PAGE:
"He was basically rebuffed," said the man's attorney, Michael Zimmer. "He left messages for the bishop indicating that there was a priest out there hurting altar boys and he received no response."

Lincoln said there is no mention of the telephone messages in Rodrigue's personnel file.


Although diocesan officials say they have no record of complaints against Rodrigue prior to 1979, they confirm he was sent in 1976 to the now-defunct House of Affirmation in Massachusetts. The center treated priests with psychological problems, including pedophilia.

Lincoln said he does not know why Rodrigue was sent to the center. Rodrigue's personnel file does describe the type of therapy Rodrigue underwent, Lincoln said, noting such facilities also helped priests suffering from depression, anxiety or other psychological problems.

But Margaret Schettler, who in 1976 was a 22-year-old volunteer at Our Lady of Soledad in Coachella, recalls being warned about Rodrigue, who briefly worked at the church before leaving for treatment.

"The co-pastor told me he was there because he had molested little boys at the parish he came from, and he was not supposed to be around boys," said Schettler. "While he was there, kids would come to the door asking for him and I would send them away."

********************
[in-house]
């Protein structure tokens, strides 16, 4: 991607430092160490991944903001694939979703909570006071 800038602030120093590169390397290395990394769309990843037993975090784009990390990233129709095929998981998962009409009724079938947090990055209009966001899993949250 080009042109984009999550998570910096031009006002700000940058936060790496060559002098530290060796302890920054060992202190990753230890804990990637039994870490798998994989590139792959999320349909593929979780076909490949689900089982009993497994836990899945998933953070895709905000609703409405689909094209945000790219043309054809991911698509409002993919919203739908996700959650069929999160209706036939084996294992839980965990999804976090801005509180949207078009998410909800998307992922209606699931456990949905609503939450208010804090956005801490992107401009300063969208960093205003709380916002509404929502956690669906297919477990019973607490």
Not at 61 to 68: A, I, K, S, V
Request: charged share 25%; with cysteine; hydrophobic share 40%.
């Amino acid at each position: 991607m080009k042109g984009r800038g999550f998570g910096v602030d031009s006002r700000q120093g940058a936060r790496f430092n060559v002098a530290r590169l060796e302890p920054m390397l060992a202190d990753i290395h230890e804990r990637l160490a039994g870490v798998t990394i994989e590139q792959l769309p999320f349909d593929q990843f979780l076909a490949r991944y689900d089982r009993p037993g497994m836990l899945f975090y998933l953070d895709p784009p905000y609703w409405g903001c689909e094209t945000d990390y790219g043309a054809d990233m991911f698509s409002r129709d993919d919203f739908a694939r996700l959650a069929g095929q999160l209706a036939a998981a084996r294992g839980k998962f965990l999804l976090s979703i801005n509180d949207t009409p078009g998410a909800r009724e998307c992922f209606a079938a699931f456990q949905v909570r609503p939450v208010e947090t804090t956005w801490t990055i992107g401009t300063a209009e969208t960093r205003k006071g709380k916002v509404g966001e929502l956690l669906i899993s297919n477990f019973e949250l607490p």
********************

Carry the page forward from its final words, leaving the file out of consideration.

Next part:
Schettler is haunted by the face of that insistent 10-year-old boy who rode his bike to the rectory to try to see Father Tony. The priest, the boy told her, had promised to buy him ice cream.

Rodrigue helped conduct Mass and performed some baptisms, said Schettler, who sometimes dined or watched TV with the priest.

"He was someone who seemed very unhappy. On occasions when I saw him outside the rectory with groups of kids around him, he seemed to be in his element, smiling, happy. It was quite a contrast," she said.

Schettler said she never saw Rodrigue do anything inappropriate with a child, but no one seemed to be monitoring the priest who would vanish for days at a time.

"I felt very frustrated. Father Tony seemed to come and go as he pleased," Schettler said.

Zimmer said the lack of oversight illustrates how the San Diego diocese failed to manage Rodrigue properly.

"Sending him out to Coachella and saying 'be careful' is not doing a good job. You defrock him and get him the hell out of there. You report him to the police," Zimmer said.

After four months at the House of Affirmation, Rodrigue was sent to a renewal program in Oakland, Lincoln said.

Rodrigue's younger brother, Tom, said diocesan leaders should have removed his brother from the priesthood instead.